In the sandlots of previous generations, young boys taunted one another saying, “My dad can beat up your dad.” While they, usually, outgrew that level of childishness, there is a feeling of safety in thinking of your family as powerful. Only when we are safe can we emotionally make room for caring about others. Loving, and being loved by, the close and the particular leads to our loving the broad and general.

To our detriment, much of our educational and cultural system has reversed this idea. We are encouraged to focus on our family’s dysfunctionality, our nation’s sins and our group’s victimization. There is a place for recognizing failures and disappointments and sad historical truths. However, that should not come prior to or in place of learning anything about greatness.

Starting from a place of gratitude for the circumstances of our birth, no matter what they objectively are, establishes a launching pad for a healthy life. Even, or perhaps especially,  for those few who are truly born into  personal and communal terrible circumstances, it is vital to find some source of specialness. This is, perhaps, one of the evils of the theory of unaided materialistic evolution forced on our schoolchildren. How much greater to be created as a child of God rather than to be descended from an ape.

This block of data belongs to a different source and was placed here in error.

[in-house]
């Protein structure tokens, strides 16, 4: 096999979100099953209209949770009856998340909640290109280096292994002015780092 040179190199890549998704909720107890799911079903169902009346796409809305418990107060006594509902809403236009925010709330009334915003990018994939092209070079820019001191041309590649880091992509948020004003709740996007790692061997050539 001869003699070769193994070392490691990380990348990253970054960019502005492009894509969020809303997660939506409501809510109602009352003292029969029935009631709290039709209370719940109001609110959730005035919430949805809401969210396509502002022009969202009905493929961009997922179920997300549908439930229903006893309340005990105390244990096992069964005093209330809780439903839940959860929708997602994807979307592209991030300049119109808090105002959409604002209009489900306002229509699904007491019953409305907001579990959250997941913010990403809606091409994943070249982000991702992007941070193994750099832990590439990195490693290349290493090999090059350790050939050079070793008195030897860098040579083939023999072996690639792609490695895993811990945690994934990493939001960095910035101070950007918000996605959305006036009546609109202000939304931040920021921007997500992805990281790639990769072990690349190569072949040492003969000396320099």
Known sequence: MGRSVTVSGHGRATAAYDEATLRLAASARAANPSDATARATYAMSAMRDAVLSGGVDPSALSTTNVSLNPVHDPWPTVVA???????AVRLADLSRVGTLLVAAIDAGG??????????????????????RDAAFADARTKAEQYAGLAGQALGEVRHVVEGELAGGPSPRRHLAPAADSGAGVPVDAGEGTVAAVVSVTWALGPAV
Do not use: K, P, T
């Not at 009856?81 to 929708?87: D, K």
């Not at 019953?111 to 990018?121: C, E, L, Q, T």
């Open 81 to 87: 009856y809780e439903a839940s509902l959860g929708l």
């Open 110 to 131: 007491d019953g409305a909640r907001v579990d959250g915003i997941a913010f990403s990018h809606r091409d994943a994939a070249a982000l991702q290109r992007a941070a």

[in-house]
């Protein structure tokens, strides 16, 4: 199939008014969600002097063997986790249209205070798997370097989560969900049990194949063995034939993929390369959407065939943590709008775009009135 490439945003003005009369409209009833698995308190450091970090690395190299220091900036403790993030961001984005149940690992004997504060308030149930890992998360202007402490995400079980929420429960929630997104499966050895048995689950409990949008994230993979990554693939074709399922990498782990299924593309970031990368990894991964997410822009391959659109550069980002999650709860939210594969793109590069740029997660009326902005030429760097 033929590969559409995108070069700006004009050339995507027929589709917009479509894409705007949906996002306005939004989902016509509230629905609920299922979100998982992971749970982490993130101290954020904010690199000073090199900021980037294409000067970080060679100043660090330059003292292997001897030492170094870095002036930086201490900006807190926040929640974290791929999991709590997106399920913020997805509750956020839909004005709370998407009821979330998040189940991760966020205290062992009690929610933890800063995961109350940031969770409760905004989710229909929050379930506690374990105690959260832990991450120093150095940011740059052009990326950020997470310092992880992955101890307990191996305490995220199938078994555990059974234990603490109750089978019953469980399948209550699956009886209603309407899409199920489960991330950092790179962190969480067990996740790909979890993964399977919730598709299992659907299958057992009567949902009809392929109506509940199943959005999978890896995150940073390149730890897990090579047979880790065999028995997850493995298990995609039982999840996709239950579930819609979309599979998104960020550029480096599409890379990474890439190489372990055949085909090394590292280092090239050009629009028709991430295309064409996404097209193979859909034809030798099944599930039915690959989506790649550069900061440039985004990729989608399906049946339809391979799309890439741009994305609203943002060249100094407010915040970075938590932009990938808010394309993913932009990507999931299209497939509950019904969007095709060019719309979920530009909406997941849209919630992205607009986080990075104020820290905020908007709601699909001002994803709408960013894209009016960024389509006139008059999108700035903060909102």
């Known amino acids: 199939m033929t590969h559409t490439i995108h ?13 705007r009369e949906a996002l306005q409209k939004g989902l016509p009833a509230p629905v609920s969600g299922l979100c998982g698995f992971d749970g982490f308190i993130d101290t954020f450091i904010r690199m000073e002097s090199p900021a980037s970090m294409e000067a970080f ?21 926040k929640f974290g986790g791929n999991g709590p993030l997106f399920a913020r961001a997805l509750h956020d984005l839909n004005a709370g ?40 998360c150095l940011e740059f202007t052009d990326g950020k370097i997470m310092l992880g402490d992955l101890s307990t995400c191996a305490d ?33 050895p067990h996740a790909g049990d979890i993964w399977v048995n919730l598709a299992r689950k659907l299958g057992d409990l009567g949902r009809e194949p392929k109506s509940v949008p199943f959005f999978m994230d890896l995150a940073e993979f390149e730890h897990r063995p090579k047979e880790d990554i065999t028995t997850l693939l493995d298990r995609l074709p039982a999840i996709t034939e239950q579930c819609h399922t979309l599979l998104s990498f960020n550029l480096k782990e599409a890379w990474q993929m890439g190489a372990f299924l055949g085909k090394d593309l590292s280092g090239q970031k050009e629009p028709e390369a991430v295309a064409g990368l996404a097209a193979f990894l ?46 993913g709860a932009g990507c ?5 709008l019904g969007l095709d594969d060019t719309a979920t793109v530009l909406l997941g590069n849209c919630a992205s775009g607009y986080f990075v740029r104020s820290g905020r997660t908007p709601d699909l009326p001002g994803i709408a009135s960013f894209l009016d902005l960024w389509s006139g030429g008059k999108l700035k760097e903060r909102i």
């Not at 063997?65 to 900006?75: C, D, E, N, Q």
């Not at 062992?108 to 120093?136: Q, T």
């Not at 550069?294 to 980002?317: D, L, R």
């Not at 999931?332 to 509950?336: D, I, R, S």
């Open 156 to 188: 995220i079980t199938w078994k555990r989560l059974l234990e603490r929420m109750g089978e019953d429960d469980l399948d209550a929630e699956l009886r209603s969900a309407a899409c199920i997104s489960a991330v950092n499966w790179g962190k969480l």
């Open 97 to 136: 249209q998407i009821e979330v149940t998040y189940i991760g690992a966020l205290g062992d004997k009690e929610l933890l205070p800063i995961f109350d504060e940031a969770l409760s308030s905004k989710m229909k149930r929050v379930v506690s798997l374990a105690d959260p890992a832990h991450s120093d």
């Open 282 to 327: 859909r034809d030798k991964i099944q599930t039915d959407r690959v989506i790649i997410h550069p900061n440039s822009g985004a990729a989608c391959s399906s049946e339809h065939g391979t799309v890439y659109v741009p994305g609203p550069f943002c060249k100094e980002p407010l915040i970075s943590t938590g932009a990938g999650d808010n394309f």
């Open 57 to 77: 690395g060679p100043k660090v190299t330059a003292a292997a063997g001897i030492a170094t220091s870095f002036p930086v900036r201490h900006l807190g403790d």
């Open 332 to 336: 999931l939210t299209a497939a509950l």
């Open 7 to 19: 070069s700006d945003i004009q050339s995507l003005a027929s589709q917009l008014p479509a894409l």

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16 comments

Scott Turner says:

Wow! The last line said it all.

Susan Lapin says:

Ideas have consequences, Scott. There is absolutely no scientific way to prove that evolution, if you want to presume that, was unaided. The insistence on that is a religious principle of secularism.

Judi G. says:

Exactly, Scott! In fact, I’m going to have a bumper sticker made up saying:

“I’m a CHILD of GOD
Not a descendant of an APE”

Thank you, Susan!

Susan Lapin says:

I’m sure you will get comments, Judi. I hope they are all polite.

Judi G. says:

I’m sure I will, too, Susan.

I had considered ordering the magnetic style, but changed my mind and have gone with a traditional stick-on bumper sticker. A magnetic one would be way too easy for someone to pull off (and either trash, or put it on their own vehicle. But I’m thinking it would more likely be the former scenario, because some people just cannot tolerate a view/opinion/belief that’s different than theirs.).

I’m hoping that God will use it to open peoples’ hearts and minds. 🙂

Brian F. Tucker says:

I love your thoughts. I agree that taking pride in our heritage can be uplifting. My one concern is that too much pride can and has led to prejudice against those we deem to be inferior. It unfortunately plagued our country since it’s foundation. I pray to God that we might someday overcome it.

With all respect and love, Brian

Susan Lapin says:

I agree that there is a good median point, Brian, and excess in either direction is dangerous. I think right now we are increasing prejudice by moving too far in the direction away from people feeling that they belong to something worthwhile.